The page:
Like many writers, I feel centered when I write, or it might be better to say, when I don’t write, when I can’t write for whatever reason, I feel, frankly, de-stabilized. It’s dangerous for me not to write.
There’s a content to forgetting, just as there’s a content to remembering. After eight years, I went back home. There still wasn’t any glass in the windows, just sheets of plastic and, in a window in the living room, a piece of plywood winnowed out from rain and snow. All the walls were peppered with bullets, but the contents of the premises hadn’t changed much. Books still on shelves, paintings on walls … Everything just like it was. In the bathroom I found a glass bottle shaped like a pine cone. Pino Silvestre—cheap aftershave. I opened the bottle, it was empty, but the familiar scent still wafted out. Eight years didn’t exist for me: had I not come back, I’d never have thought of the glass pine cone, it would have remained forgotten, even though many events of my youth, because of it, smelled like needles
Street protests, 1973: the girl is holding on to his elbow and he’s bent backwards, toward her, protecting her with his shoulders, so that his whole body takes a position in relation to her presence, and not that of the police in front of them… and, so, you mean, that’s the Consciousness you’re talking about? A shadow cast by a man’s shoulders
Every morning since the beginning of February, the only car in the deserted parking lot of the huge shopping center is a grey Lexus with plate number 60D (the number 6, I figured, has to be read as “G”) … and I shudder as I pass it, because of the tinted windows
From a park bench
I watch a
from the firing lines
—without me knowing it—
an American special op
watches the same incident
Today—thirteen years later—
I meet him for the first time
That day—he says—
according to every rule of war
the city should have fallen
I look through the window into another room (this isn’t a dream, just a Sarajevo favela, the dominant architecture of my youth). Lovers on a bed in the middle of a room, the young man grabbing the girl’s hips, her head flung back as she lets out a sharp, metallic sound. Upset by her voice, two Russian greyhounds run around and around the bed. There’s a window at the back of the room, a man’s indigo blue shirt on a hanger, saturated by the color of November sky
At the spot where Gavrilo Princip shot Franz Ferdinand, instead of creating the classic memorial sculpture, artist Vojo Dimitrijević pressed his feet into the concrete. Because of this, a meteorological oddity takes place early every spring: when the snow melts on the sidewalk, there’s still ice in the footprints for a while
The lake is frozen, and new snow has fallen on the ice, like laying butter with a knife on a slice of bread: My thoughts from there are so vivid that I wanted to call someone up and have them look through the window to see if there’s any sign left of my shoes in the snow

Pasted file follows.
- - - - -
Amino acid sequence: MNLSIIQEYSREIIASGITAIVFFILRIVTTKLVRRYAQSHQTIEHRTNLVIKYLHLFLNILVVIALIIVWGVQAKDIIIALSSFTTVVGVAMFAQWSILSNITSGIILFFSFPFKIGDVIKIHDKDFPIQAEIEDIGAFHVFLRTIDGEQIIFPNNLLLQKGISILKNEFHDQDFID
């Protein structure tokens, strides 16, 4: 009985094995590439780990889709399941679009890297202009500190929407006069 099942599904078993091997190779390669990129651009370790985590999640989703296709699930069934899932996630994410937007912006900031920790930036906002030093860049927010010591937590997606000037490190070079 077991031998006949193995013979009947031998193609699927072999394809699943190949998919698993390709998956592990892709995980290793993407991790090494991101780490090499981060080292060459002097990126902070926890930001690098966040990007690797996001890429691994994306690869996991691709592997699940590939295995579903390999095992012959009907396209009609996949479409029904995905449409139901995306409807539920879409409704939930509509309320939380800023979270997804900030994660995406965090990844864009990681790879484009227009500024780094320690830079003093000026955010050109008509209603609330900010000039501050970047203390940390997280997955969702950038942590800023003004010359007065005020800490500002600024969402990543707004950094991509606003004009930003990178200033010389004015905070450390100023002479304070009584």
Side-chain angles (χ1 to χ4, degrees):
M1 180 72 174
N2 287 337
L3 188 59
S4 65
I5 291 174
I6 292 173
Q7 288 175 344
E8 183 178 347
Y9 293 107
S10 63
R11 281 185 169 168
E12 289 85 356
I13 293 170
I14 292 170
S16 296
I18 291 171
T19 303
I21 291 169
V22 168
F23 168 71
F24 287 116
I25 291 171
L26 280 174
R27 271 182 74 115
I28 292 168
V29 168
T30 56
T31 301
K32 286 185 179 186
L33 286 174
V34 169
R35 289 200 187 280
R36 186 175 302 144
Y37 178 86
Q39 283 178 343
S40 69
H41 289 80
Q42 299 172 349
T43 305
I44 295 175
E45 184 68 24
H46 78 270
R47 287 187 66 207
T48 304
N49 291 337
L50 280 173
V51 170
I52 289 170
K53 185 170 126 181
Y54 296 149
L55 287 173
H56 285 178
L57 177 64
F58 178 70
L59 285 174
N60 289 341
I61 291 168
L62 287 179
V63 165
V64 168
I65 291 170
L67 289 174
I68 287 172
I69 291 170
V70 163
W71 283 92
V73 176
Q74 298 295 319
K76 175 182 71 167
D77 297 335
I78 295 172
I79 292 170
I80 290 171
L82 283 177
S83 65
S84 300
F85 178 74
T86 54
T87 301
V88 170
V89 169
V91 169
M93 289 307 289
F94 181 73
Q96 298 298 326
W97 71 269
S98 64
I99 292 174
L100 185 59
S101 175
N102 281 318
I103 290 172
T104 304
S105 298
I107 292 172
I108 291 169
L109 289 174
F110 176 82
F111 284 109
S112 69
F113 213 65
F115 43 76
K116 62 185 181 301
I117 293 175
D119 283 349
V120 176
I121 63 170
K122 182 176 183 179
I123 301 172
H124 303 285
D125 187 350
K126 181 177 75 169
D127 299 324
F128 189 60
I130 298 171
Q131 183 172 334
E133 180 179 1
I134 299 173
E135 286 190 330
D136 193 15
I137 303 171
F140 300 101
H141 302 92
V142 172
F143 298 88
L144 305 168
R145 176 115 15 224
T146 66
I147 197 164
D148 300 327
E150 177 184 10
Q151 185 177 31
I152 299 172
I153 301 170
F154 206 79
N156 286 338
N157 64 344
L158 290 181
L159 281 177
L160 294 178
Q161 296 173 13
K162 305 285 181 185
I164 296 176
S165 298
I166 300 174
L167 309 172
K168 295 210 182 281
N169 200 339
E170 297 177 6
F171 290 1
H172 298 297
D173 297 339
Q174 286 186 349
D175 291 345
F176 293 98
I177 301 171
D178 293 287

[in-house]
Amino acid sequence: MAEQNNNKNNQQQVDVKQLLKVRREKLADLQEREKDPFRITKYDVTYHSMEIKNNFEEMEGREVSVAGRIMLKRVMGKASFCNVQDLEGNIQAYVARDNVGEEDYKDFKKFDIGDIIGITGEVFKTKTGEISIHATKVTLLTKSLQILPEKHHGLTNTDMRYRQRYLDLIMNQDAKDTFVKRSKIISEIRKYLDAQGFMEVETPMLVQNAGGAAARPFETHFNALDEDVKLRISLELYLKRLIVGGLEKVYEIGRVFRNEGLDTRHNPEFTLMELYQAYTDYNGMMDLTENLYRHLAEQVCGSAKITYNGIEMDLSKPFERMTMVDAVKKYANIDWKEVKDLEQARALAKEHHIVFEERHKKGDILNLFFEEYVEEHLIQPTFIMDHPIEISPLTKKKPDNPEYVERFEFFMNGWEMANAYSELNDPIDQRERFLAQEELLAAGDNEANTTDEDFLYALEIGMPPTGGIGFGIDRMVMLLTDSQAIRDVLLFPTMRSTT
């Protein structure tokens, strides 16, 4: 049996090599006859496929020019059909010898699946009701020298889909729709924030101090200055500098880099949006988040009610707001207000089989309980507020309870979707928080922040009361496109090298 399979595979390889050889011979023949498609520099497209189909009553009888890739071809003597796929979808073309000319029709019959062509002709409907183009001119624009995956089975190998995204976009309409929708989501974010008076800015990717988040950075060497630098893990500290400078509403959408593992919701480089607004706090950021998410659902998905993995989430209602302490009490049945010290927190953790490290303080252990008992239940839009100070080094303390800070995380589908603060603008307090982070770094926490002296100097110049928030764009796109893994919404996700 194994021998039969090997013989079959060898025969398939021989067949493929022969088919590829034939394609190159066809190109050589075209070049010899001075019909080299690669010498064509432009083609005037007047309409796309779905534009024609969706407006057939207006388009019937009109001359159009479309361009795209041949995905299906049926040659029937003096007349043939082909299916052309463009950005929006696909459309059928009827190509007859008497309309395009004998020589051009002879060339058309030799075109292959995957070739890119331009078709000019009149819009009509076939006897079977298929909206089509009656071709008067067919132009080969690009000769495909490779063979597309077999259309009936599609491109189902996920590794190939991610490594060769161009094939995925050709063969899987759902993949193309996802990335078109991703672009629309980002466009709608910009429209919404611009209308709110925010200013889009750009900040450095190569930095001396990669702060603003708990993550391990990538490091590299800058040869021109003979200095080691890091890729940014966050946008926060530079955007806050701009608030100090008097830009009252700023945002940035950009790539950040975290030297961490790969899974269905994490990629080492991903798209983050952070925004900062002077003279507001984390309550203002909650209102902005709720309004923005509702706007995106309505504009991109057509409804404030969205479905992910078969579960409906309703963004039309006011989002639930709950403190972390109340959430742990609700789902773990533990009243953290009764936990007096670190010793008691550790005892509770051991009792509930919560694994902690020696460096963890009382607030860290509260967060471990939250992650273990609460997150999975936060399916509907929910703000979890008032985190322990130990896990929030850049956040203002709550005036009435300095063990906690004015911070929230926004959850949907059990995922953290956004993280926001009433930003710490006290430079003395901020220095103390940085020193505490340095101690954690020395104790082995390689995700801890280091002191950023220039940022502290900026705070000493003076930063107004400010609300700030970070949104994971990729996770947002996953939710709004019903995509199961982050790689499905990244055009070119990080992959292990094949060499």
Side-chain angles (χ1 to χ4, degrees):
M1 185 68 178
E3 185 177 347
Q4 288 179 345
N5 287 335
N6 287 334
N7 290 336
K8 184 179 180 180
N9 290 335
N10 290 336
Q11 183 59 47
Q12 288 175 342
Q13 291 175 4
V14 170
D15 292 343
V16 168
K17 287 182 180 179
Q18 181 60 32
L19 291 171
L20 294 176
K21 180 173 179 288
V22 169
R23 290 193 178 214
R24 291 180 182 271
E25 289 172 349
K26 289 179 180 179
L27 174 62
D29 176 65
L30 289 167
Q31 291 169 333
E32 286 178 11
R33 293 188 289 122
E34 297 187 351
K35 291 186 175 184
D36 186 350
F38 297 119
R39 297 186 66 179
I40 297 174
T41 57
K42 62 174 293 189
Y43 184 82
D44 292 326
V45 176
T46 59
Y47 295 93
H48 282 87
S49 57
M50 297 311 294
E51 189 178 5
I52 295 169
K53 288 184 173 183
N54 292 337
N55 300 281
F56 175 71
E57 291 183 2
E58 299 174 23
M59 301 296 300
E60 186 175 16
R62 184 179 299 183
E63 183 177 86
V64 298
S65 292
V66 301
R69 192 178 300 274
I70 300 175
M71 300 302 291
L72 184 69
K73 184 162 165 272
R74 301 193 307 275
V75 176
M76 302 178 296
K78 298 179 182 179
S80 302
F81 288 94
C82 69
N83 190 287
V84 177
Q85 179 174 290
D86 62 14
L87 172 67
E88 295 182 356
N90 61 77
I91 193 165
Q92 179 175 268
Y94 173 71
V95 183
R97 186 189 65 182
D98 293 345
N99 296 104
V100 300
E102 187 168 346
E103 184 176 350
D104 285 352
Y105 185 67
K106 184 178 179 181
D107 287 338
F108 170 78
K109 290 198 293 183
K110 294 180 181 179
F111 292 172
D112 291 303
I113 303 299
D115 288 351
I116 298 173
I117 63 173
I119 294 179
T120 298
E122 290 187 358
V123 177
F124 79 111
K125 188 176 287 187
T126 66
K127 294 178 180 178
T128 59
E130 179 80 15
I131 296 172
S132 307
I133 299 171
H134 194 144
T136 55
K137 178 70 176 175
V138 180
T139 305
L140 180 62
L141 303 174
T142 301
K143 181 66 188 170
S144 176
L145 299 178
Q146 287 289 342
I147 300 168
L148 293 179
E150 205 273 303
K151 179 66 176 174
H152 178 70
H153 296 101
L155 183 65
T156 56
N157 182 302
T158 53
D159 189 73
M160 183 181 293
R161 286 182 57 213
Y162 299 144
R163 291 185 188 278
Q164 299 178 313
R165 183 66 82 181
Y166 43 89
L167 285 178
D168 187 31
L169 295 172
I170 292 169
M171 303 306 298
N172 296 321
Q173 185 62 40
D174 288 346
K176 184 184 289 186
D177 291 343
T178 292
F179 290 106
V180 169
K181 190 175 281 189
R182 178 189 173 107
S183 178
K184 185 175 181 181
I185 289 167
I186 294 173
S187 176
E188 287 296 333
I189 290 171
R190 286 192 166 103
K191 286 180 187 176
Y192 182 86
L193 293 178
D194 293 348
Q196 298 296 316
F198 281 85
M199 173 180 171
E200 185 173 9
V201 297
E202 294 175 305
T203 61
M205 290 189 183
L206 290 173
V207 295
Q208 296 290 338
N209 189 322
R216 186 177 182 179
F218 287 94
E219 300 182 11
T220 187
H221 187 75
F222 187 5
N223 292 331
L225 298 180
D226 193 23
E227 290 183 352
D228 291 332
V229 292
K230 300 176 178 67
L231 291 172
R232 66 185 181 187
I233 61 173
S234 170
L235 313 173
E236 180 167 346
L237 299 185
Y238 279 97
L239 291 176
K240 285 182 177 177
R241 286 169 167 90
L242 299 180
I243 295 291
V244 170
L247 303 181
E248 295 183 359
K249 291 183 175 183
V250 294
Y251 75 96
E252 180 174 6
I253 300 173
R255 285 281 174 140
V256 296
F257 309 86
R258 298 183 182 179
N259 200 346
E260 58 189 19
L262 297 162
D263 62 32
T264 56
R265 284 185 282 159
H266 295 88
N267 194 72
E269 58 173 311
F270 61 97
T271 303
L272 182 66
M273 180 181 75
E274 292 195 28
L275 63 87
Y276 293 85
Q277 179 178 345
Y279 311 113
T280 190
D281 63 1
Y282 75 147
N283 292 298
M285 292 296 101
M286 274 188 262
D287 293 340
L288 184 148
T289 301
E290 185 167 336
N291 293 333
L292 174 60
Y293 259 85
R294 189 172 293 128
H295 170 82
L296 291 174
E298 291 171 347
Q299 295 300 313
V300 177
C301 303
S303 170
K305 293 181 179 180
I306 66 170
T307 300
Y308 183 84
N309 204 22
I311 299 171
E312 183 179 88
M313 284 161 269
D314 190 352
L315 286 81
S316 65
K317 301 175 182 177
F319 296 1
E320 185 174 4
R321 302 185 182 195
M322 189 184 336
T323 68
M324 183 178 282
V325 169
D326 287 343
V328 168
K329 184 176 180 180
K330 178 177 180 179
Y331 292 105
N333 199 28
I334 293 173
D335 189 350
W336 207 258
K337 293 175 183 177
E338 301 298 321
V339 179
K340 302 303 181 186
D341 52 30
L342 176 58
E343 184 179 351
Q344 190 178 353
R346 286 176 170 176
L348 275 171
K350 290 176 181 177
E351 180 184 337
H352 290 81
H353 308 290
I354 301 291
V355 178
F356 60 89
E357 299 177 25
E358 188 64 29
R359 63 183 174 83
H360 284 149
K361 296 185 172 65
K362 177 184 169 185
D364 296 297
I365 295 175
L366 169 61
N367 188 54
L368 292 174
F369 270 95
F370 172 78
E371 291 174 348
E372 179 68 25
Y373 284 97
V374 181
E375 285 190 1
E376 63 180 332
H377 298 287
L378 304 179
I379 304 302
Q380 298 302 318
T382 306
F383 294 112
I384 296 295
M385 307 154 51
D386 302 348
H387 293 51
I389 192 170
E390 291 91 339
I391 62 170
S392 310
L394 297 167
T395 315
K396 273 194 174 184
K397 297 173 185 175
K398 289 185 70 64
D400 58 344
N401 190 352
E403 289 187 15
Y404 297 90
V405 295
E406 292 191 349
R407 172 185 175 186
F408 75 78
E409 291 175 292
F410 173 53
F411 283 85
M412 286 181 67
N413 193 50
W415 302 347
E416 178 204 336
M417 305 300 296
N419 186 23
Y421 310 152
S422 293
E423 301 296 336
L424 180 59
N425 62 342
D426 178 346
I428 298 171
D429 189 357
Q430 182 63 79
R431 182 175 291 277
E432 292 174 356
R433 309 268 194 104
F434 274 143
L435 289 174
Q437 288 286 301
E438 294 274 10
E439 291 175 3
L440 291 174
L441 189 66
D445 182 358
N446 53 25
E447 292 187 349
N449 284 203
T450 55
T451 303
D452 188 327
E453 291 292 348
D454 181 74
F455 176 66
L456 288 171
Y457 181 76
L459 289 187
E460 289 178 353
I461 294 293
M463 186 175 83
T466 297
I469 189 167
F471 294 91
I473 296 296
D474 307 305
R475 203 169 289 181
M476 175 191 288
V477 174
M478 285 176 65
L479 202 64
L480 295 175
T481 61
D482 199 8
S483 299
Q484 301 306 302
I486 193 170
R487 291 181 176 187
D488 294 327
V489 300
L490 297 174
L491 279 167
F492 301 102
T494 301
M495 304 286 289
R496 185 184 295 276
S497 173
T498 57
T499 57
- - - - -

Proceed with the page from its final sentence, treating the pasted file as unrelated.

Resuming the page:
We were watching the windows up on occupied Grbavica from the abandoned garage by the Museum of the Revolution when we heard some shouting that came from the river. “What is that?” “Nothing,” Benjamin said, “they’re changing a body on the bridge.” Twelve years have passed and it’s the first time I’m thinking of that nothing
On a windy American street, April 2003, I’m talking to Etel Adnan, daughter of an officer in the Ottoman Empire, about what Bosnia was like before she or I were born: it was like I’d gotten a letter with a Turkish stamp postmarked Istanbul, and in the envelope a picture of me I’d never seen.
Etel says: “Jack Hirschman once told me this story. Someone asked: What time is it? And Yogi Berra answered: You mean, what time is it now?”
It’s already twenty years
the telephone only
to not forget
Semezdin Mehmedinović was born in Kiseljak near Tuzla, Bosnia, in 1960. He studied Comparative Literature at the University of Sarajevo. He has been living in the US since 1996. A poet and essayist, he has worked in journalism, radio, and television; has been the editor of various literary journals; and has worked in film. His 1994 film Mizaldo, End Of Theatre, was shown at the Berlin Film Festival. His books of poetry, prose, and letters include Modrac (1984), Emigrant (1990), Sarajevo Blues (1995), Nine Alexandrias (2002), Transatlantic Mail (2009), Russian Computer (2011), and Self-Portrait with a Bag (2012). Sarajevo Blues and Nine Alexandrias have been published by City Lights in Ammiel Alcalay’s translation. Window-book, a collection of poems and drawings, is due out in 2014.
Poet, novelist, translator, critic, and scholar Ammiel Alcalay teaches at Queens College and The Graduate Center, CUNY. His books include After Jews and Arabs, Memories of Our Future, Islanders, and “neither wit nor gold”: (from then). He has translated widely from a number of languages. A recent book of essays, a little history, and a tenth anniversary edition of from the warring factions came out in 2013 from re:public / UpSet. He is the General Editor of Lost & Found: The CUNY Poetics Document Initiative, a series of student and guest edited archival texts emerging from the New American Poetry.